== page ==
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You want to make money blogging? You do? I can help you. But don’t think I am going to give you yet another 101 ways to make money online. Because it doesn’t work that way at all. Seriously.
If you already have a blog and is exploring ways to monetize your blog then here’s a list of over 40 Google AdSense alternatives to make money blogging.
Over the past several months, I have been trying to scale-up my content creation process — to create more blog posts per month in a consistent way. However, I was not able to do it and is yet to find a way that works for me.
But the good thing is, I ended up doing a lot of maths. I love maths. No, not the stuff that you and me learned at school — differentiation, integration, algebra, matrices, etc. — but the one applied in real life.
In fact, that’s how I ended up writing a fun blog post about How Much Traffic Do You Need To Make $100,000 a few years back. It was all about traffic and income and surprisingly it became one of the most popular posts on my blog.
So, today I just wanted to do a reverse blog post based on the numbers that I have worked out.
How Much Money Should You Invest In Content Marketing To Generate 1,000,000 Pageviews And $3,000 Per Month
And it’s about traffic, income, and costs too.
The only problem is, the math that I have used on the previous blog post can be applied to almost any blog/website out there. But the current math can’t be as it’s mostly based on my own traffic insights plus few case studies.
So, there’s every chance that the actual figures applicable for your own blog could be a lot different from mine. Needless to say, it ultimately depends upon your website’s niche, authority, and marketing efforts.
For instance, the number of pageviews of a blog depends very much on its bounce rate. Even a slight change in bounce rate means a lot in terms of pageviews.
My bounce rate is over 85% and the number of pages per visit is 1.30/visit. Now if I’ve managed to reduce my bounce rate to say around 80% then the number of pages per visit will be around 1.50/visit.
And it will easily result in a 15% jump in pageviews (with zero additional content creation).
Make Money Blogging: I just want to decode four questions
- How Much Traffic Does Your Blog Need To Make $36,000 Per Year In Ad Revenue
- How Many Blog Posts Do You Need To Generate A Million Pageviews Per Month
- How Much Money Should You Invest In Content Marketing To Generate A Million Pageviews Per Month
- How Much Time Does It Take To Reach Your Traffic Goal
How Much Traffic Does Your Blog Need To Make $36,000 Per Year
If your goal is to become a full-time blogger or has started a blog to make money blogging then you need a clear vision in terms of earnings and traffic. Let’s say your goal is to make $36,000 (that is, $3,000 x 12) in advertising revenue per year.
So, you need to figure out how much traffic will you need to hit that goal and the kind of effort (in terms of time, work, and investment) you have to put into in order to achieve that goal. It’s not a silly goal if you do not have any experience and is yet to make your first dollar online.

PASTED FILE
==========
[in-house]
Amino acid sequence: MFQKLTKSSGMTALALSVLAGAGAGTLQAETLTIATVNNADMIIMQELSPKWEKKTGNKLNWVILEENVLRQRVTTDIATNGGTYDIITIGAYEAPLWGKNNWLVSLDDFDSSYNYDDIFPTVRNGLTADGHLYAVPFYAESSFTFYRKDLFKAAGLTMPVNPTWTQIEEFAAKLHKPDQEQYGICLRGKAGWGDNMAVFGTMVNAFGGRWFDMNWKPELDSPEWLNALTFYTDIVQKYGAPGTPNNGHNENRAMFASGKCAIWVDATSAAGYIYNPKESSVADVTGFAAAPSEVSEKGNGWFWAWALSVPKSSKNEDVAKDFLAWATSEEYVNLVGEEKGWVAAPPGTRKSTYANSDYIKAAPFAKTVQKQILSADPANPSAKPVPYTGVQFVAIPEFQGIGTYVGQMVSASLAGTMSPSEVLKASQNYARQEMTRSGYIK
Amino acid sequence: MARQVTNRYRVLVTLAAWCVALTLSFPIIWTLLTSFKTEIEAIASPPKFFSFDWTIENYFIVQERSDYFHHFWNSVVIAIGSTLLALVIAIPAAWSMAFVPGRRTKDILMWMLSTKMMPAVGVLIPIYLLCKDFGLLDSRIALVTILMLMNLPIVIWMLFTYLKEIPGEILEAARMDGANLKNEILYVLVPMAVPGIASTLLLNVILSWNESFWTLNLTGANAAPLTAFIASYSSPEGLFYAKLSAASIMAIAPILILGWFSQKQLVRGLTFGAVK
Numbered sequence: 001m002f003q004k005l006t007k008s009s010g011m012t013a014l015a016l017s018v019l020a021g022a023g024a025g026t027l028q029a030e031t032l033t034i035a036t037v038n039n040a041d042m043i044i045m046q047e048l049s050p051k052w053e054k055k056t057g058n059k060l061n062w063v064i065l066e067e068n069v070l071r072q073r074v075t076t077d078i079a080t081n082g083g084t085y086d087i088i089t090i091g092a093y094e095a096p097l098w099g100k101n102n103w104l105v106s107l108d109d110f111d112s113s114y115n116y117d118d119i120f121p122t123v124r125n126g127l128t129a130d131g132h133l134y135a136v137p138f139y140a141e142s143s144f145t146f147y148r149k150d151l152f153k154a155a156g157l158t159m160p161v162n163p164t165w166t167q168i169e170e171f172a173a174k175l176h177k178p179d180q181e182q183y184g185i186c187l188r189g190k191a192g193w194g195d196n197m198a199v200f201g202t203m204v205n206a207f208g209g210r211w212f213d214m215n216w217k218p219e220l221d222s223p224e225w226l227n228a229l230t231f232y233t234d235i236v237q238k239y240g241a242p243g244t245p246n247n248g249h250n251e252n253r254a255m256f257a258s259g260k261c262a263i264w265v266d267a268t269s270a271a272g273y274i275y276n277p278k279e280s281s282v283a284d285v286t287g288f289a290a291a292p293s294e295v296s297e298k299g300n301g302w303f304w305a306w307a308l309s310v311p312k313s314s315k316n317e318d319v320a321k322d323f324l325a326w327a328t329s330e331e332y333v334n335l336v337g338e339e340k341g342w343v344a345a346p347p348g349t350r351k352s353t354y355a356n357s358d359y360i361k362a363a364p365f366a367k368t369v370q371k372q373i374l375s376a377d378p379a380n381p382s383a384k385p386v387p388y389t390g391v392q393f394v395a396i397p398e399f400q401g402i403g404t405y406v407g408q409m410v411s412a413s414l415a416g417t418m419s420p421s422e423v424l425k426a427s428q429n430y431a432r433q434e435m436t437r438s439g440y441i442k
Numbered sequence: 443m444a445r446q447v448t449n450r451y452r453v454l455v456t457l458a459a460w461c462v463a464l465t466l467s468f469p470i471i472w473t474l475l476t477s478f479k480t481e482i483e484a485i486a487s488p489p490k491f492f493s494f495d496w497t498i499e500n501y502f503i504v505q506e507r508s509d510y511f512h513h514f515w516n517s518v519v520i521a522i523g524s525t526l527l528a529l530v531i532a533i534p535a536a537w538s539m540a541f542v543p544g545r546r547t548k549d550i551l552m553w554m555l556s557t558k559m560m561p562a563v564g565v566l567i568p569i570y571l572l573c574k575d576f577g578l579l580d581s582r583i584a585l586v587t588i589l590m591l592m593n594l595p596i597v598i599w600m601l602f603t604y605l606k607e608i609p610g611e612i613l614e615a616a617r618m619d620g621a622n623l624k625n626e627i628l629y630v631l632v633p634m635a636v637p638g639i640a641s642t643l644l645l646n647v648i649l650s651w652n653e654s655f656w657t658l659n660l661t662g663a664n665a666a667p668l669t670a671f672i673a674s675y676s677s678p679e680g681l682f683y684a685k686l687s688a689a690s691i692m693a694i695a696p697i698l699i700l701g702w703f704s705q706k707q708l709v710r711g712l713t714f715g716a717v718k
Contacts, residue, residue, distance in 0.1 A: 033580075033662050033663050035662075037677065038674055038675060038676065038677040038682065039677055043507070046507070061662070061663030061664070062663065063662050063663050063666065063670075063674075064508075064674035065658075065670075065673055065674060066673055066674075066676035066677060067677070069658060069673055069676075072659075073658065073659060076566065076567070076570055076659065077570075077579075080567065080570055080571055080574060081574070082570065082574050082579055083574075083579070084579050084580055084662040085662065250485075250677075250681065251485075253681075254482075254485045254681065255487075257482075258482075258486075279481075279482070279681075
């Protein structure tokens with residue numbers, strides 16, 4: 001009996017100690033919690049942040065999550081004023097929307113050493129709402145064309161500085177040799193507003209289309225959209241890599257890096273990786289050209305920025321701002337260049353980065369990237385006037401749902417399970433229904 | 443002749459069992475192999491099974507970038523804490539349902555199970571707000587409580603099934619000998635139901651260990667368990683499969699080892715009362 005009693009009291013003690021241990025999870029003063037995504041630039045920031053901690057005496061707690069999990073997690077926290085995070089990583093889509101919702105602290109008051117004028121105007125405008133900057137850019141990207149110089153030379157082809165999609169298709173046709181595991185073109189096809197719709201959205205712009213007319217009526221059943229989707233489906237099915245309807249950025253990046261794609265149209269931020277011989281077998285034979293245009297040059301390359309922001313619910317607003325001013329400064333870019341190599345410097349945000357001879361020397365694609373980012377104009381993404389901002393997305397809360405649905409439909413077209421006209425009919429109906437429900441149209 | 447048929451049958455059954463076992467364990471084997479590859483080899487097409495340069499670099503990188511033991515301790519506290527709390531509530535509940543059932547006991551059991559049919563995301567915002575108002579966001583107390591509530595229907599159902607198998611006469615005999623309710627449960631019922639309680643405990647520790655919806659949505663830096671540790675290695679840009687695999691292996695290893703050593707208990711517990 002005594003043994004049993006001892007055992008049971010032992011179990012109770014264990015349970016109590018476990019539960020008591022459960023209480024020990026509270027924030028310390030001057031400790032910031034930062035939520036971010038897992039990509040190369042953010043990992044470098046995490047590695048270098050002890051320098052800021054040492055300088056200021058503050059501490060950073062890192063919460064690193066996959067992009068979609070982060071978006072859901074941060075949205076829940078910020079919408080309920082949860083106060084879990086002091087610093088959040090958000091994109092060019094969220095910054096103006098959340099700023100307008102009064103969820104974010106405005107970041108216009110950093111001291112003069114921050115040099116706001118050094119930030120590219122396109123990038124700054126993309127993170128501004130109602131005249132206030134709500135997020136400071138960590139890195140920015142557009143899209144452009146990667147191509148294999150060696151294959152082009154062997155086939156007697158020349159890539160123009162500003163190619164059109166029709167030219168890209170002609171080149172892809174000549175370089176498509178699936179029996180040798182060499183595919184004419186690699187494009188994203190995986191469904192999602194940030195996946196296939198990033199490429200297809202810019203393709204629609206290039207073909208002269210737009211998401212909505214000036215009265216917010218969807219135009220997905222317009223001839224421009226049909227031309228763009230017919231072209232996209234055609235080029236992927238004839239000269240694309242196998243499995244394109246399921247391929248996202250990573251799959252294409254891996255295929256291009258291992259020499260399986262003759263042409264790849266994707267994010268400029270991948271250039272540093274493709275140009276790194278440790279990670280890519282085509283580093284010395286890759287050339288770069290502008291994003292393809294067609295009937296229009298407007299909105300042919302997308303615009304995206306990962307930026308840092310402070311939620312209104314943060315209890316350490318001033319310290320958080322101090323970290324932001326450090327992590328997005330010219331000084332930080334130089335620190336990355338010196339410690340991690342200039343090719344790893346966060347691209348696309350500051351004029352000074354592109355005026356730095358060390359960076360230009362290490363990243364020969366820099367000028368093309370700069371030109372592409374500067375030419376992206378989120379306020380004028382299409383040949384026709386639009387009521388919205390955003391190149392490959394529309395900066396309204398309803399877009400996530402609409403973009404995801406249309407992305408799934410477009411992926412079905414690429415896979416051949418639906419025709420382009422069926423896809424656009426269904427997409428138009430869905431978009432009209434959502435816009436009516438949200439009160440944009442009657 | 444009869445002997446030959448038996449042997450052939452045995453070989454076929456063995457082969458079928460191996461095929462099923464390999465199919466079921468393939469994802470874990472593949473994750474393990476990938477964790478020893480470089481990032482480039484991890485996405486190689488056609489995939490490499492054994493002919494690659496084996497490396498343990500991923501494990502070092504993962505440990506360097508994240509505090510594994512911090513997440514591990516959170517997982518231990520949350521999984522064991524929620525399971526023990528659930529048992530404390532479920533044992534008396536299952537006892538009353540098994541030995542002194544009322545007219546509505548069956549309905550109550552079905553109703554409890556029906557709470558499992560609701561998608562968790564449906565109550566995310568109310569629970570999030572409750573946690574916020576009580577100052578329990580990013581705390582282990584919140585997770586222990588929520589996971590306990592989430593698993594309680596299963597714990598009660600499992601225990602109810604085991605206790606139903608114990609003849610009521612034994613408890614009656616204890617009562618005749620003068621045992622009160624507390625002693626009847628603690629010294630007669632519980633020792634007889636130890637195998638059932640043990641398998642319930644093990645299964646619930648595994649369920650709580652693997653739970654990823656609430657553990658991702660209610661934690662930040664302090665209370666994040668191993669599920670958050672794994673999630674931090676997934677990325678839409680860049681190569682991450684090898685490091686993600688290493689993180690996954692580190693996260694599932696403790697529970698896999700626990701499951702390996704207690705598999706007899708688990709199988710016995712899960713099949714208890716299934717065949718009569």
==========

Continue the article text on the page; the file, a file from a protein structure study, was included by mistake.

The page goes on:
First, let’s just decode $36,000 into something more feasible.
- $36,000/year ~ $3,000/month
- $3,000/month ~ $692.31/week
- $692.31/week ~ $98.63/day
- $98.63/day ~ $4.11/hour
And if I were to count only working days and working hours then it comes to $18/hour (assuming 250 working days and 8 working hours). Just FYI.
Now let’s see how much traffic do you need to make $36,000/year in ad revenue. Once again, $36,000/year translates to around $98.63/day and let’s make it $100/day.
And I’m considering only “ad revenue” as it’s a definite way (especially via Google AdSense) to make money from any content rich website. That said, advertising may not be the best way to monetize your blog.
There are a ton of other ways that you can try to make money from your blog. It’s just that it takes a while to find out what’s best for you and your blog.
For instance, a blog that’s getting a lot of traffic (say, over 100,000 pageviews a month) can monetize the website with CPC & CPM ads, private banner and text link ads (they’re non-intrusive), affiliate marketing, e-book sales, sponsored reviews, etc. — and that’s exactly how others are doing it.
So, if indeed advertising is the best way to monetize your content then your income depends entirely upon your monthly pageviews and the CPM.
CPM (Cost Per Mille) stands for Cost Per 1,000 Impressions. A CPM is always represented in dollar terms and it tells you how much money you’re making from every 1,000 pageviews (or rather ad impressions). If you are making $10 from 4,000 impressions then your CPM will be $2.50.
Again, the actual CPM depends upon your traffic sources, website niche, audience demography, and ad placement.
If you are getting most of your traffic from the U.S. (and other English-speaking countries like Canada, U.K, Australia) then you can probably make a CPM of $4 (using a combination of different ad networks).
It also means that you will need at least 25,000 pageviews to make $100 (assuming a CPM of $4) a day.
Do remember that, if you have a non-English website that’s getting most of its traffic outside U.S. then your CPM could be as low as $0.50 (if not less).
For instance, I used to manage a Spanish tech blog that was getting over 2 million pageviews/month but it was getting a CPM of only $0.25 from Google AdSense. So, it’s really a different story.
That was about monetization with ad networks. Now what about private ads?
Well, the income from private ads is somewhat more predictable than income from ad networks like Google AdSense as we can set the price/CPM by ourselves.
You can dig BuySellAds.com to get some idea about the kind of pageviews that’s required to hit your income goal.